'I'm not your savior' Kwame Kilpatrick speaks at Detroit church about his past, future

Tuesday was the third time Kwame Kilpatrick has stood on stage at a Detroit church, but before preaching - he took an hour to be open and candid about what has happened over the past eight years.

Kilpatrick said he "does not have a taste for politics" and does not see it coming back anytime soon, Instead, he is focusing on his new calling to preach the word of God.

"I’m not your savior, but I can point you to the one who is," Kilpatrick said.

Kilpatrick’s fall from grace as Detroit’s youngest mayor to serving eight years of a 28-year prison sentence has been well documented. And his time in prison took its toll.

"I went from being hopeless on the mat in bed to thoughts of suicide," he said, "to actually the most hopeful person - and I think I was encouraging my own family more, from inside (prison)."

Kilpatrick spoke at The Citadel of Praise Church, next to Pastor Spencer Ellis. He opened up about the past eight years of serving time.

More: Former Detroit Mayor Kwame Kilpatrick released from prison

He didn't think about losing his seat as mayor, he thought about losing his family.

"I thought about if Jonas was going to have a dad to raise him, I thought about Jelani and Jaleel, I thought about my mama," he said.

He also spoke about finding a new love, his fiancé from Detroit.

"Latisia I met her when she was 12 years old," he said. "This is the thing you all should know. When I came and taught, I'm coming out of college, I get the first job I ever had and they gave me a class. And there is a little girl with a bunch of east side kids at Marcus Garvey Academy on the east side of Detroit."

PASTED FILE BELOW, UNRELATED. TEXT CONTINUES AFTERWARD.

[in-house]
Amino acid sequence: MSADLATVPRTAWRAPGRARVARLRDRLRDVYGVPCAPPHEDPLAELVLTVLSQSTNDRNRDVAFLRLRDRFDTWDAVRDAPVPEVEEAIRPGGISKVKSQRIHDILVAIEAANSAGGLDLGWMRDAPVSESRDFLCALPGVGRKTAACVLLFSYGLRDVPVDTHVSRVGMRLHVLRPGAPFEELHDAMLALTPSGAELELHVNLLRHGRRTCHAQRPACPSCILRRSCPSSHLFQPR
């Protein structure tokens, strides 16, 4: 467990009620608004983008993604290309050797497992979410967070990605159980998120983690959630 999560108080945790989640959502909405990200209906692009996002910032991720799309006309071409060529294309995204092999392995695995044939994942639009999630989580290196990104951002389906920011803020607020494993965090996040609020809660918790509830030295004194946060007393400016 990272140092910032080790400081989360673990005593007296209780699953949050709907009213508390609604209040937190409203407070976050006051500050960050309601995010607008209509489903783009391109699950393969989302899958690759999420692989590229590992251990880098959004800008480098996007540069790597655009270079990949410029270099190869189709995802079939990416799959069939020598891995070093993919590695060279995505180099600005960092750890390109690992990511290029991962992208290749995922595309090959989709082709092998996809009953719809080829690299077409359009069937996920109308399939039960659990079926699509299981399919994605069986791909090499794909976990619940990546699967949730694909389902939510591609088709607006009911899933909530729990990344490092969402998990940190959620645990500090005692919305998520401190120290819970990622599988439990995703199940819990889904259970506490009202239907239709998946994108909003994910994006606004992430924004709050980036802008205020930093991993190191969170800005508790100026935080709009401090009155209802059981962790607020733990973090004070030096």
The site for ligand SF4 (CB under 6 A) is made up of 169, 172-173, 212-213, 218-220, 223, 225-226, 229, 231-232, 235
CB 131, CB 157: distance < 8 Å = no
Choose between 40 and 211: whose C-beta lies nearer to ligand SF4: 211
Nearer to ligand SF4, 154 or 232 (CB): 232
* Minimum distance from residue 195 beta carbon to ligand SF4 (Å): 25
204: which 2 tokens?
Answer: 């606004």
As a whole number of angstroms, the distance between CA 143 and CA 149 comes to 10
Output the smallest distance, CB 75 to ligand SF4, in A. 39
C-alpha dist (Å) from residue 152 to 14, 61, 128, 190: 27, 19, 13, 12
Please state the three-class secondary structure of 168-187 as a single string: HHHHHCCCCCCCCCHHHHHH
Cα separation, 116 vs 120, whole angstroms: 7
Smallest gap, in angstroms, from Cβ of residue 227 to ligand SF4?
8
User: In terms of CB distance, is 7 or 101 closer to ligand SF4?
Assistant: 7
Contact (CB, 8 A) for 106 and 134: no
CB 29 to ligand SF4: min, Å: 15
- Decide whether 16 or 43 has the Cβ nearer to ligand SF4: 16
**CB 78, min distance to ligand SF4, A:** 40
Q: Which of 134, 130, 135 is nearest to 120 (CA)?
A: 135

He was a teacher back then. She would later work in his administration but he said they barely had any contact. Then in 2018, while locked up in prison, she came to see him.

"Finally we decided to have a visit and from that visit forward, I fell in love with that woman," he said.

Kilpatrick talked about the moment he found his calling to preach the word of God.

"There was no lightning, there was no thunder, but there was a newness of life and there was this resurgence that I was not all by myself, even though I was in a solitary confinement cell," he said.

And he also spoke of the moment when he almost died of a heart attack.

"Thirteen hours I was in that cell and nobody came," he said. "By the time they got me to the hospital my heart was beating at 25 percent."

And he said he understands that he will have doubters and non-believers as he embarks down this path.

"I would be just like you, skeptical," he said. "I’m going to do it whether people like it, or they don't. Whether people approve, or whether they don't. Because I know I am only here on this stage by grace."

About 200 tickets were given out to watch him live on stage.  Just prior to the event we were told media was not permitted inside, however, the entire evening with Kwame Kilpatrick was streamed live to Facebook and YouTube by the Citadel of Praise Church.